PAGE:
the University's officials and the Regents flatly deny
that they have closed decision making meetings, their
open sessions are often times to smooth, the votes taken
too quickly and the comments too pat, to believe they
were not thought out beforehand.
Nonetheless, their meetings are well attended by the
press, University administrators, students and professors.
Press releases are passed out after the Regents vote on
an issue and the entire meeting is taped. The monthly
Regents session is a gala affair, to say the least.
But for the Regents, their public meetings may be the
anticlimax of their vsit to Ann Arbor. They are tradition-
ally housed in the posh Ingalls House, an exclusive hide-
away for visiting dignitaries, catered to by their own
staff, and fed by the Pretzel Bell, a restaurant known
for its excellent roast beef and spare ribs.
BETWEEN the wining and dining, and the afternoon
sessions, the Regents have almost no contact with the
campus or students. Last fall the Regents ate dinner in
Markley dormitory, one of the rare social events includ-
ing both the overseers of the University and the students.
The Regents were amazed to learn that bike theft was a
big problem on campus, and were slightly confused by
the food lines in the cafeteria.
But despite the fact that the Regents have little feel
for the campus and the students, they are still the govern-
ing body, and their politics determine to a certain extent
how the University works.
Deane Baker, one of the twoRepublicans, is president
of a construction and land development company in Ann
Arbor. His term of office expires in 1981.
BAKER HAS been referred to as the most "verbose
and recationary" member of the Board.
Paul Brown, whose term of office expires in 1978, is a
Democratic attorney from Petoskey. He was graduated
from the University in 1956.
Regent Gerald Dunn is a former Democratic state
senator from Lansing. An executive secretary of the
Metropolitan Association for Improved School Legisla-
tion, his term expires in 1977.
A long time University devotee, Robert Nederlander
was graduated in 1955 and received his law degee in
1958. He is vice president and director of the Nederlander
Theatrical Corporation. His term of office expires in 1977.
was edn tr
Perhaps the single administrator
the that has the most direct contact with
t al- your everyday student is Vice Presi-
revo- dent for Student Services Henry John-
iitted son. Have a problem with one of your
the classes or even an idea about how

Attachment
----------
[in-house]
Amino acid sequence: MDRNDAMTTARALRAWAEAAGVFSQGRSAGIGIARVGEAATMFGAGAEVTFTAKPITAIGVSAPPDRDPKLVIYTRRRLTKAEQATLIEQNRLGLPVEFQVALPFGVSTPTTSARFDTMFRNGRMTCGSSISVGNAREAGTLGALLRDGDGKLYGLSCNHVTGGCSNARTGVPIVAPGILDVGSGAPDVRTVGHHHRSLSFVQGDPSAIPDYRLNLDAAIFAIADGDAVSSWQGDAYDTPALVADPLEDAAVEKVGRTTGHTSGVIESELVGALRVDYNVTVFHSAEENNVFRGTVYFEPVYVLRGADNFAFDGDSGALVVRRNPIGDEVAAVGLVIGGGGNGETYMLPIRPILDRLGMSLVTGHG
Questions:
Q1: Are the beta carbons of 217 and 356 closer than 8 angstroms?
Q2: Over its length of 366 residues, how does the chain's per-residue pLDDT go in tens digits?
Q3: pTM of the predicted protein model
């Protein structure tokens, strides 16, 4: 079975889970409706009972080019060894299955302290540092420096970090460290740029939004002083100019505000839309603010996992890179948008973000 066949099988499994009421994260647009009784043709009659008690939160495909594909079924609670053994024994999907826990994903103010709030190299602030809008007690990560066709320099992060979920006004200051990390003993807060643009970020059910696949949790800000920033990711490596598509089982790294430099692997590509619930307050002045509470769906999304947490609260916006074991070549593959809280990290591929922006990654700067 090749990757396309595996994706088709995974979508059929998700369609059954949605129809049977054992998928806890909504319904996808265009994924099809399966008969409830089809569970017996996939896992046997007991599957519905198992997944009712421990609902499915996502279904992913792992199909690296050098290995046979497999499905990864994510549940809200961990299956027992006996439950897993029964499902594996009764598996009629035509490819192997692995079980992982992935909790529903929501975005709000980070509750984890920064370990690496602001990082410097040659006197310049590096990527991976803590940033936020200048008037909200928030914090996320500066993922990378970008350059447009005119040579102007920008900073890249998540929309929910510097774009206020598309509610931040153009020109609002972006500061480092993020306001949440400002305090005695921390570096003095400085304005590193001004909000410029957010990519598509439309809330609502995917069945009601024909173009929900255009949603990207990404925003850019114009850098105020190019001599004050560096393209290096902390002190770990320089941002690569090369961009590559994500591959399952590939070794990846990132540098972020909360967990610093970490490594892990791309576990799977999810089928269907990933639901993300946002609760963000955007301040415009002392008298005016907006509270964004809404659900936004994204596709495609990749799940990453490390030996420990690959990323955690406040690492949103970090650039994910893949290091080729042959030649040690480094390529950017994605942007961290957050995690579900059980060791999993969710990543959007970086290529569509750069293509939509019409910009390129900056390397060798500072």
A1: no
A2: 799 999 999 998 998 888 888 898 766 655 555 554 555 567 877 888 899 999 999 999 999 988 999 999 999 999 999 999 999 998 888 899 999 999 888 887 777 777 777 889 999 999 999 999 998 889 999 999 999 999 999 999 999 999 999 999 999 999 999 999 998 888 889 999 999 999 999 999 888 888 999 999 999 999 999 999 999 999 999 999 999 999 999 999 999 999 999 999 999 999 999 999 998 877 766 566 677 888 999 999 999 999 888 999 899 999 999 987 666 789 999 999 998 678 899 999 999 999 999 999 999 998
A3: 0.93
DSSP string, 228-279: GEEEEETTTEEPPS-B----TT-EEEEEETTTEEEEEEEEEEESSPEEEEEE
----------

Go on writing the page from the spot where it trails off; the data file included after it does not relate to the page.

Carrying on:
the buses to North Campus could be
run more efficiently, pay a visit to
Johnson-he is always open to your
inputs and ideas.
Besides just doing what he is paid
to do, Johnson enjoys working with
people-as evident from his varied
has past experiences. Once graduated
ypes from Morehouse College with a de-
e is gree in Sociology in 1958, Johnson
arty immediately went into social work,
first as a psychiatric worker in 1960
osse to an administrator at the W.J.
ping Maxey Boys Training School north of
here in 1964 and finally to his present
ard, position which he has held since June,
His DURING THE Administration Build-
ing sit-in by minority students last
Lin- February, Johnson played a key role
was in amending the somewhat tenuous
Su- relationship between the minorities
re- and the administration. He has a spe-
hose cial interest in minority affairs-he is
the only minority vice president at
rsial Johnson's chief right-hand man is
esti- Tom Easthope, assistant vice presi-
t of dent for student services. He is also
ially an excellent person to talk to if you
have any concerns.
nde- "His rapport with the students and
iken his demand for excellence from his
ture colleagues is impressive," says John-
Frye, Kennedy, Pier pont: Attempting to
hold their own despite staggering odds
Billy Yrye, often though of as "a very
hikeable person" and an effective admin-
istrator, is presently acting dean of the
literary college (LSA) - the largest
college within the University, compris-
ingsome 16,000 students, He was pro-
rnoted to the office when Frank Rhodes
became vice president for academic af-
fairs in July, 1974.
In the year he has directed LSA. Frye
BESIDES being an administrator,
Frye is regarded by most students as
being exteremely accessible and open
to their opinions, something that one
doesn't always find among other high
0o the other hand,being relatively
removed from student life is Richard
Kennedy, secretary of the University
KENNEDY also works closely with
University President Robben Fleming
and Vice President for Academic Af-
fairs Frank Rhodes, not to mention the
Board of Regents.
le has long been involved with the
Ann Arbor community, with his wife
being an Ann Arbor public school teach-
er.After graduating from the University